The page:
Citing the obvious, the 3T Strada is a road bike. If you’re reading this article and wondering, “why the heck is this bike featured on Gravel Cyclist?” Well, that’s because it’s a side project/development from the 3T Exploro – the company’s aero gravel bike – and if you continue reading, you’ll see why the 3T Strada is relevant.
Moving past the Strada’s relationship to the Exploro gravel bike is when things get a little more interesting. The Strada should be capable of fitting 28mm – 30mm wide roadie tyres, which would make it a fine performer for Roubaix type events, i.e. Rouge Roubaix, Tour of Battenkill, etc. I cannot speak for Battenkill, but I have frequented Rouge Roubaix a couple of times. Imagine 105 miles / 168kms on road bikes… across at least 35 miles of Louisana’s dirt and gravel roads including the Tunica Hills, some of which would be a tough ride on a proper gravel bike. In fact, the last 20 miles of pavement at Rouge Roubaix are usually in worse shape than the dirt and gravel roads!
More recently, 3T and a multitude of manufacturers who produce road bikes, came to the realization that wider tyres roll nicely, even on smooth and not-so-smooth pavement, whilst providing a level of cush to the rider. Designers of bikes from 30 or more years ago already knew this, but the bicycle industry tends to reinvent the wheel every few years.
Scoffed at just a few years ago, 25mm wide tyres are the norm in the Euro pro roadie ranks nowadays, while 28mm tyres are seen on more and more road bikes belonging to us mere mortal weekend warrior types.
But, roadie tyre clearance isn’t the really interesting part about the 3T Strada.
The photo above is where the 3T Strada gets very interesting. A single chainring / 1x road bike?! What the eff? There isn’t even a front derailleur mount?!
You could be excused for thinking that 3T is slightly insane, but they believe a single chainring / 1x road bike is the future. In the world of gravel riding and racing, single and double chainrings have been a hot topic. Choices are good and these are legitimate first world problems 🙂
So, does a single chainring / 1x drivetrain make any sense on a road bike?
3T’s single chainring philosophy is “Paradigm Shift: 1xAERO”.
“With all aero bike developments of the past 20 years, the drivetrain was never really tackled. So we did it. Going 1x eliminates a front derailleur and chainring to significantly reduce the obstruction for airflow close to the frame. And 1×11 gives you plenty of options for gears, especially with the new closely-spaced wide-range 9-32 cassettes from 3T.”
Whether you believe there is an aerodynamic advantage by ditching the front derailleur, especially if you remember there is a rider’s leg churning up the air nearby, is subjective. The gravel bike crowd has different reasons for running 1x drivetrains on their bikes. Namely, when paired with a clutch rear derailleur, there is almost no chance of dropping the chain. Chain management is spot-on with the bumps and rough stuff of gravel, but when conditions get really nasty, the simplicity of a 1x drivetrain can be a bonus – think less is more – less stuff for mud and sludge to mess up.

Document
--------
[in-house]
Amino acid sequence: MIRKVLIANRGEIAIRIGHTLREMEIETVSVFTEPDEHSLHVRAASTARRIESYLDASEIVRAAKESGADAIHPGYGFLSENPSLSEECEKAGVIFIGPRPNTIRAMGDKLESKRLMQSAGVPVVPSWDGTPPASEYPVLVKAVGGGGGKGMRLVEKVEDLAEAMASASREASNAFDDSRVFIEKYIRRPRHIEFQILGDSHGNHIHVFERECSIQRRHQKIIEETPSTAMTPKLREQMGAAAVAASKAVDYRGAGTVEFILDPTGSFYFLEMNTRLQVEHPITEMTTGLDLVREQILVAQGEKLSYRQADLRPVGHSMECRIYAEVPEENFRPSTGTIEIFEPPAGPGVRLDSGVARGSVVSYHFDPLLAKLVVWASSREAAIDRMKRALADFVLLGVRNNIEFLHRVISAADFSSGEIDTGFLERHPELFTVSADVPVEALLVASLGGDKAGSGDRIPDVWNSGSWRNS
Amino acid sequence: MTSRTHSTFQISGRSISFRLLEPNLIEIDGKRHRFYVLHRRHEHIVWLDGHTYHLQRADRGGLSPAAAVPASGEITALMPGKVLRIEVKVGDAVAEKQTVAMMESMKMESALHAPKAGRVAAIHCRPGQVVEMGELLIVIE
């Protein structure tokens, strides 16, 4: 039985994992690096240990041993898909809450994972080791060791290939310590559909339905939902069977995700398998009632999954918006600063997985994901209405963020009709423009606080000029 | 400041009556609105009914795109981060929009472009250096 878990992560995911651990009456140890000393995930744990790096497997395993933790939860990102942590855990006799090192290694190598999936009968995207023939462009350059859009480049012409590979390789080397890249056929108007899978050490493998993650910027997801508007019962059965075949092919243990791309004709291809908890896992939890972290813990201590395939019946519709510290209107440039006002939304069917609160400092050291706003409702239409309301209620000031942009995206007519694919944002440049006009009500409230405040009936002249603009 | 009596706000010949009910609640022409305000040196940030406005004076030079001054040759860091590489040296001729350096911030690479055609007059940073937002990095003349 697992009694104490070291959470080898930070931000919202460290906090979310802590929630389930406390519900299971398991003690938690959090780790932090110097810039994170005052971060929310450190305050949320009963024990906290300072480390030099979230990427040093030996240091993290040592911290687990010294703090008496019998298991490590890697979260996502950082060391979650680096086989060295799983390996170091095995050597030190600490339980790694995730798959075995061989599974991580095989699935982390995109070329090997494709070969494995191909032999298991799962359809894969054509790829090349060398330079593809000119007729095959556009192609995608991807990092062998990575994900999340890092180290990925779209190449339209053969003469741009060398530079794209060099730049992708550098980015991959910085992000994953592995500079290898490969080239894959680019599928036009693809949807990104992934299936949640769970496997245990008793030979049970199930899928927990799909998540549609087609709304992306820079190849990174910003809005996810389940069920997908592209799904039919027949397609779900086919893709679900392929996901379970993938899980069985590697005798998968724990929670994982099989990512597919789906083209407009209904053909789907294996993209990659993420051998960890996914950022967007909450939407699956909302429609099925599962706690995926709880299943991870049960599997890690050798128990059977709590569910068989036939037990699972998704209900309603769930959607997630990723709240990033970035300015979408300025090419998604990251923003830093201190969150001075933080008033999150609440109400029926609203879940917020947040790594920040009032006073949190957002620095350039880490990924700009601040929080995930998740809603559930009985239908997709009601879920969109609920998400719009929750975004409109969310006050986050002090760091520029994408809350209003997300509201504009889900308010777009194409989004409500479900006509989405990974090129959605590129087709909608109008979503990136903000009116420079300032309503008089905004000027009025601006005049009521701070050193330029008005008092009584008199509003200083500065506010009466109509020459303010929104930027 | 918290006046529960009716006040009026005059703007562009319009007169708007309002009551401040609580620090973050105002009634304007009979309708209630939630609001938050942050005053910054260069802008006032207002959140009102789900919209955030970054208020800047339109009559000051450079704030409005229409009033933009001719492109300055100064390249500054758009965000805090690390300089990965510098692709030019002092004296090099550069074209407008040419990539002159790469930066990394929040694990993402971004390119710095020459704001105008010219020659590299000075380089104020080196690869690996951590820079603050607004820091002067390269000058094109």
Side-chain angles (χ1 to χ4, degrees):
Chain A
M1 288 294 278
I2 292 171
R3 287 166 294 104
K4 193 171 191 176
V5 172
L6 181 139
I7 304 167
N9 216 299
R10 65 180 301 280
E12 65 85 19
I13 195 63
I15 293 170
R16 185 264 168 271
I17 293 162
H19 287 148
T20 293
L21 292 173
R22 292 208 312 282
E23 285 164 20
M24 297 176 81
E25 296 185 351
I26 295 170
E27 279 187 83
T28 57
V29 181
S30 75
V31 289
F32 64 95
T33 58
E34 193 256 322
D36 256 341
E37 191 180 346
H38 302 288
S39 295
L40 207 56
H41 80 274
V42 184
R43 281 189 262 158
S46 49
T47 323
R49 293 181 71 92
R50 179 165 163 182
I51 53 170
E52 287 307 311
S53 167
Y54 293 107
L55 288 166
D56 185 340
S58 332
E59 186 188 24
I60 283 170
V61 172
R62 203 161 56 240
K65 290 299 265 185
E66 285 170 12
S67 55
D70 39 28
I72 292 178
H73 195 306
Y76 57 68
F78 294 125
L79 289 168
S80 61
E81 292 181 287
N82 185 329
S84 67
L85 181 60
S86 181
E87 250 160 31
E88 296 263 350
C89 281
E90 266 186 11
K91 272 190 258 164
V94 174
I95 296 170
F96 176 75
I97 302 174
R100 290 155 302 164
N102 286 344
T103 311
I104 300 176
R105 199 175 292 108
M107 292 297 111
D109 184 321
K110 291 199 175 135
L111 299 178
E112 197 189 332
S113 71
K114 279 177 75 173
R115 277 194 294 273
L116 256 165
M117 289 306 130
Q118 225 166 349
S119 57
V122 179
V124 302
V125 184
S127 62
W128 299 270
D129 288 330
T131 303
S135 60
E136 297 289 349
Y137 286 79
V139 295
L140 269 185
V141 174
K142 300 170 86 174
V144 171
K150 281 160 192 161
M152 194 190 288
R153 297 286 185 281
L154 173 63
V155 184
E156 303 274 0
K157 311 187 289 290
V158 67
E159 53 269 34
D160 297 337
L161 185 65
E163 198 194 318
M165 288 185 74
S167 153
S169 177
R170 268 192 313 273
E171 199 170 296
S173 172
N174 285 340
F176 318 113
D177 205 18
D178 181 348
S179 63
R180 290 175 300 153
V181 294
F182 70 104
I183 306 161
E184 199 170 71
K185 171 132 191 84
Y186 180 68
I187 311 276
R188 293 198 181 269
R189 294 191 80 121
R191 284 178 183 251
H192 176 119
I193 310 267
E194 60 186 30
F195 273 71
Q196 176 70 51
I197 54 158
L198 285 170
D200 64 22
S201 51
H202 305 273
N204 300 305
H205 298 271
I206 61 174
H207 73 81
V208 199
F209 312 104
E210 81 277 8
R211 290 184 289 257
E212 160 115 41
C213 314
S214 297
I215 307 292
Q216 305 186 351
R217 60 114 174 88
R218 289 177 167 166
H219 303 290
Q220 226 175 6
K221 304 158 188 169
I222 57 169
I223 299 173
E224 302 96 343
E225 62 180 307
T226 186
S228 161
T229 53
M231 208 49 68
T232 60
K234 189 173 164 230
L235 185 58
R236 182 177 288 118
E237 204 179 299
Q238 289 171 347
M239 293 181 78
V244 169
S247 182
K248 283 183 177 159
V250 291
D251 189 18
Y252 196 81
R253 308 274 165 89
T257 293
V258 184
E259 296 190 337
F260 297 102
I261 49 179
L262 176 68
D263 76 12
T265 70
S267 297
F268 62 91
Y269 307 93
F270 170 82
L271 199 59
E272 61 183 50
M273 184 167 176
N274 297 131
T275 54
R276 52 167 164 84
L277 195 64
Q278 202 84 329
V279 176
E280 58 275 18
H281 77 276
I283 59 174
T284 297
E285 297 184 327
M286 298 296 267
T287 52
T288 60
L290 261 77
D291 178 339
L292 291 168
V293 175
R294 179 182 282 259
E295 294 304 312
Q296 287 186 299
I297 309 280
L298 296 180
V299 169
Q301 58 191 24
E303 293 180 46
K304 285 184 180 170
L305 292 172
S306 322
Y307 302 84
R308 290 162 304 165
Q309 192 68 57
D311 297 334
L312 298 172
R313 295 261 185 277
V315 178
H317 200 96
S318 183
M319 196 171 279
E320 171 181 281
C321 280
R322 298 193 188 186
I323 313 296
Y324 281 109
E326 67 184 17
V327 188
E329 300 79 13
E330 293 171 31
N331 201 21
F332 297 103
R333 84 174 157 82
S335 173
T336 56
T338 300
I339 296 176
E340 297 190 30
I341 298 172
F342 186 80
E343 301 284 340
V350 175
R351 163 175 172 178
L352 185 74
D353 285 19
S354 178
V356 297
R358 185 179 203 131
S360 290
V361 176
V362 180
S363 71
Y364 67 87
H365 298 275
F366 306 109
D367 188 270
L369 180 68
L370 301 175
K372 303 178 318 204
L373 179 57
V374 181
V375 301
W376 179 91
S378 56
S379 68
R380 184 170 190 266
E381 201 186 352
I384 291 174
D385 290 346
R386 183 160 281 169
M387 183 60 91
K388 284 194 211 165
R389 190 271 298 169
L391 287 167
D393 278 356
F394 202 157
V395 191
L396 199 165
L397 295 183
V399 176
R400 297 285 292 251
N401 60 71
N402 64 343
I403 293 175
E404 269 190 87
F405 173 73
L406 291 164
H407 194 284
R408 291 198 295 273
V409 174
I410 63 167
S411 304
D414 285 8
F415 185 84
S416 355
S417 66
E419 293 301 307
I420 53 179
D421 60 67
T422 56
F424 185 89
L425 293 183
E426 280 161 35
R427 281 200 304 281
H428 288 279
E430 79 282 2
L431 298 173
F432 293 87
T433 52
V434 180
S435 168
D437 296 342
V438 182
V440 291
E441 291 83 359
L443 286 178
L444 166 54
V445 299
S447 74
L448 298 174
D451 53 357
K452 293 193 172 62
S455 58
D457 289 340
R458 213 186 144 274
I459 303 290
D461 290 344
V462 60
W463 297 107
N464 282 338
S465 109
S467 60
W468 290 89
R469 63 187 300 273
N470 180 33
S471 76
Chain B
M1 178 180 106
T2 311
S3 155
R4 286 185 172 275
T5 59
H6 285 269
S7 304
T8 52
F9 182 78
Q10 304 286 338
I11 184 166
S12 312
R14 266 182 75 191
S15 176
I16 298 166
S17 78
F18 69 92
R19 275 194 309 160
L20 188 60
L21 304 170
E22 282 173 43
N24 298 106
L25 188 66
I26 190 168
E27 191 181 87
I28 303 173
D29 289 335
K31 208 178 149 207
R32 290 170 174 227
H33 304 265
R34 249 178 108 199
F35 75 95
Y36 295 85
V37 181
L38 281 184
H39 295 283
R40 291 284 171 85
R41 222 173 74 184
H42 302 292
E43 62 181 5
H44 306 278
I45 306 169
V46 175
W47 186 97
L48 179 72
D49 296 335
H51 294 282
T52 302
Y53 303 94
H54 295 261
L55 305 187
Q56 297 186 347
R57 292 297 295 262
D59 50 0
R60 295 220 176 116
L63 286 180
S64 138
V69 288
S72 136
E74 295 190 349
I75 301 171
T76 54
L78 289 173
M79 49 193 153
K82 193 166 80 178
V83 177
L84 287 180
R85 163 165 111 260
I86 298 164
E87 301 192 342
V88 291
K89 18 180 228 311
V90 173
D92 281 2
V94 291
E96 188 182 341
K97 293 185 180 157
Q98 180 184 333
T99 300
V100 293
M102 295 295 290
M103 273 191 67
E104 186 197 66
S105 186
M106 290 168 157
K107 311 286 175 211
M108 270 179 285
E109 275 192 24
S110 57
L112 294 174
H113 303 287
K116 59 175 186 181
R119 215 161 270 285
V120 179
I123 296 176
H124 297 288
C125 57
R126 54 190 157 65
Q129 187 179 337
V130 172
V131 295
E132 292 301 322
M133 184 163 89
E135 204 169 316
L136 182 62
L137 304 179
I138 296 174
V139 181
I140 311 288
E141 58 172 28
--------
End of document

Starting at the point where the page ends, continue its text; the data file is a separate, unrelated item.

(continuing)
Shimano and SRAM have done their research and development with their respective 1x drivetrain systems, but from what this editor has seen in the field and on new bikes, SRAM is leading the way in this area.
And, 3T has done their homework with gear calculations, the result being two 9-32 cassette offerings for the 3T Strada.
3T explains the cassettes as follows:
“Bailout: 9-10-11-12-13-15-17-19-22-26-32 (close throughout, bailout in the end when you REALLY need it).”
“Overdrive: 9-11-12-13-15-17-19-22-25-28-32 (even closer spacing for climbing, overdrive for descents).”
The cassettes are designed to be paired with:
- 36T chainring (equivalent to 48/34 double paired with a 12-30 cassette).
- 40T chainring (equivalent to 50/36 double paired with an 11-29 cassette).
- 44T chainring (equivalent to 54/39 double paired with an 11-28 cassette).
3T’s cassettes are likely to be priced somewhere around $US 300. Not cheap, but they are extremely light in weight, approximately 200 grams. I believe (could be wrong here) that some aluminium is involved in their construction.
Finally, 3T has this to say. “Is 11 gears enough? 30 years ago we had 2 x 6 gears of which only 8 were unique (the rest overlapped). Now we’re at 2 x 11. But more isn’t always better; more weight, more drag, more gear overlap and more complexity.”
“So instead of 2×11 with 14 effective gears, a front derailleur and an extra ring and shifter, 1×11 gives you the gears and range you need, fewer components, less weight, less drag and less hassle.”
So, what’s your take on this development? Does it open the door to further innovations in single chainrings / 1x for all types of cycling, including gravel? Or, will we see double and triple chainrings go the way of the dodo across the board?
As you contemplate these questions and think about writing your comments below, please enjoy this massive gallery of the 3T Strada road bike.
P.S. These photos were taken at the recent Fall Cyclofest in Charlotte, North Carolina. We have plenty of new and interesting bikes and tech relating to gravel from that show, so watch this space!
Thanks for reading!